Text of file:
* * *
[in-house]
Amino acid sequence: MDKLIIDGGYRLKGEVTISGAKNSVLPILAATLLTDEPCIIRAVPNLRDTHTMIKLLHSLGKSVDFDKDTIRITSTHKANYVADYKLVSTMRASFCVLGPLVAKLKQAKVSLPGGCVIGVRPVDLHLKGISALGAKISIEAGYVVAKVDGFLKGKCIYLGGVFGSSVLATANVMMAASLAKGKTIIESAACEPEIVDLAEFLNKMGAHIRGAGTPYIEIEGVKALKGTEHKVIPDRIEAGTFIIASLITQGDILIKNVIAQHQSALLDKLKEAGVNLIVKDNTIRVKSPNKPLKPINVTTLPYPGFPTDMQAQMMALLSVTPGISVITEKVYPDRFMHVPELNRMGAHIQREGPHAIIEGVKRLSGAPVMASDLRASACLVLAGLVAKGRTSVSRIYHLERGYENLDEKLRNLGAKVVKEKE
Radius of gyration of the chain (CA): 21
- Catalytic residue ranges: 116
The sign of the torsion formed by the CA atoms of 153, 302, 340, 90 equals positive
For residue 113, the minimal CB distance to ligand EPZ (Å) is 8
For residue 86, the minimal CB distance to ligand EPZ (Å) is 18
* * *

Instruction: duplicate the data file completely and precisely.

[in-house]
Amino acid sequence: MDKLIIDGGYRLKGEVTISGAKNSVLPILAATLLTDEPCIIRAVPNLRDTHTMIKLLHSLGKSVDFDKDTIRITSTHKANYVADYKLVSTMRASFCVLGPLVAKLKQAKVSLPGGCVIGVRPVDLHLKGISALGAKISIEAGYVVAKVDGFLKGKCIYLGGVFGSSVLATANVMMAASLAKGKTIIESAACEPEIVDLAEFLNKMGAHIRGAGTPYIEIEGVKALKGTEHKVIPDRIEAGTFIIASLITQGDILIKNVIAQHQSALLDKLKEAGVNLIVKDNTIRVKSPNKPLKPINVTTLPYPGFPTDMQAQMMALLSVTPGISVITEKVYPDRFMHVPELNRMGAHIQREGPHAIIEGVKRLSGAPVMASDLRASACLVLAGLVAKGRTSVSRIYHLERGYENLDEKLRNLGAKVVKEKE
Radius of gyration of the chain (CA): 21
- Catalytic residue ranges: 116
The sign of the torsion formed by the CA atoms of 153, 302, 340, 90 equals positive
For residue 113, the minimal CB distance to ligand EPZ (Å) is 8
For residue 86, the minimal CB distance to ligand EPZ (Å) is 18